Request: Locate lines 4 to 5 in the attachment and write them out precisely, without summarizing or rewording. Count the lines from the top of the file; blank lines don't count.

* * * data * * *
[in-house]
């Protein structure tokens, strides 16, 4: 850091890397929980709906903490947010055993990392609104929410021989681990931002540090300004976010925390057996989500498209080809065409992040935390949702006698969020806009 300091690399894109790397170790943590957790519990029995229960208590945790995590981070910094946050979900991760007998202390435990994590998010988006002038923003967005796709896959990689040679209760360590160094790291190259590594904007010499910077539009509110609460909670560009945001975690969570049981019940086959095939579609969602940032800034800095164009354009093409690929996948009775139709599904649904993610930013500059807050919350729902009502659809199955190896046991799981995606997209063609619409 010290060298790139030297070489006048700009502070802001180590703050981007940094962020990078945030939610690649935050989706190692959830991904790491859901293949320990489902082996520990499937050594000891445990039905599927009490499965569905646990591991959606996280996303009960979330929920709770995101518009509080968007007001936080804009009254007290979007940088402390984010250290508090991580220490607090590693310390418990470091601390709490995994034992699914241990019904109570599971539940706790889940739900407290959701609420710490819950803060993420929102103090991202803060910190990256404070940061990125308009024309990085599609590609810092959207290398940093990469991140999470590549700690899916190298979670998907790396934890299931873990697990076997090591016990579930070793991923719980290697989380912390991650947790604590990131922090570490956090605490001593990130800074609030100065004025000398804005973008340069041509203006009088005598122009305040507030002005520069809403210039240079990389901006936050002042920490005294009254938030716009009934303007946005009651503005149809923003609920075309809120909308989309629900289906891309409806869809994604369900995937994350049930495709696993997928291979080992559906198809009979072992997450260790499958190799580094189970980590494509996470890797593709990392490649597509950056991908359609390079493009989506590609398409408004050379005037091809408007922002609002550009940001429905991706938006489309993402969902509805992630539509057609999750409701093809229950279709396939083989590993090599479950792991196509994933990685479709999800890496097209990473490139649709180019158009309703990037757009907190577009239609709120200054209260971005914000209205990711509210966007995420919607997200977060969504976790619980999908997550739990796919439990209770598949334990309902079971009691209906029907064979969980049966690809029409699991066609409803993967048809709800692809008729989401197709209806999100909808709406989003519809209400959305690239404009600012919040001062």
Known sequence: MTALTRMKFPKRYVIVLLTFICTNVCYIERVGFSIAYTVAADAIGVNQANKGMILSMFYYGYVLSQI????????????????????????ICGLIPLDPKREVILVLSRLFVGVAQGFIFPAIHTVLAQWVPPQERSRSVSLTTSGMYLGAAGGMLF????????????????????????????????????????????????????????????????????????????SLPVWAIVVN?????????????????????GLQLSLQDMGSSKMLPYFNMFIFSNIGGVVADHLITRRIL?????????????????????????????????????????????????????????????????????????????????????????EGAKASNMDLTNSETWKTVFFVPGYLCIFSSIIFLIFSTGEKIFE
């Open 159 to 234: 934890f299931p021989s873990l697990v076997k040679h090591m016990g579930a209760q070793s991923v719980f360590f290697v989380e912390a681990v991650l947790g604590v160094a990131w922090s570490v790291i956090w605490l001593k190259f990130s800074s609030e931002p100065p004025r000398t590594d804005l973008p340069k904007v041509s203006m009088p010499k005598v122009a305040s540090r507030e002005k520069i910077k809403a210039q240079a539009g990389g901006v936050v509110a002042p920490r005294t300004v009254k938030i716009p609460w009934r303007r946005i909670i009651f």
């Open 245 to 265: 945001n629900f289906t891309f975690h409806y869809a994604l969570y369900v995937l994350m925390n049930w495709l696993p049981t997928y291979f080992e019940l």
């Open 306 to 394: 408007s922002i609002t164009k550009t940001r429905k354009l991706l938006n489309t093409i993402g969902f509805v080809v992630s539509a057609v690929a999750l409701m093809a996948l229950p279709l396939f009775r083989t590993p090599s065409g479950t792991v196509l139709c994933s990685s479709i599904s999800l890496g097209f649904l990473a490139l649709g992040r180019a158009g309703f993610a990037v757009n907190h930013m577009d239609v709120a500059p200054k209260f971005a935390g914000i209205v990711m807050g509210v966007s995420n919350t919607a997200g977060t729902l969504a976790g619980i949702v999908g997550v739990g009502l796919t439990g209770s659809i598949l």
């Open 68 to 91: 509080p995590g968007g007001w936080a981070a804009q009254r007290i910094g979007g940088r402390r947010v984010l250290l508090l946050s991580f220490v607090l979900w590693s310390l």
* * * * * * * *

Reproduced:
């Open 159 to 234: 934890f299931p021989s873990l697990v076997k040679h090591m016990g579930a209760q070793s991923v719980f360590f290697v989380e912390a681990v991650l947790g604590v160094a990131w922090s570490v790291i956090w605490l001593k190259f990130s800074s609030e931002p100065p004025r000398t590594d804005l973008p340069k904007v041509s203006m009088p010499k005598v122009a305040s540090r507030e002005k520069i910077k809403a210039q240079a539009g990389g901006v936050v509110a002042p920490r005294t300004v009254k938030i716009p609460w009934r303007r946005i909670i009651f």
């Open 245 to 265: 945001n629900f289906t891309f975690h409806y869809a994604l969570y369900v995937l994350m925390n049930w495709l696993p049981t997928y291979f080992e019940l």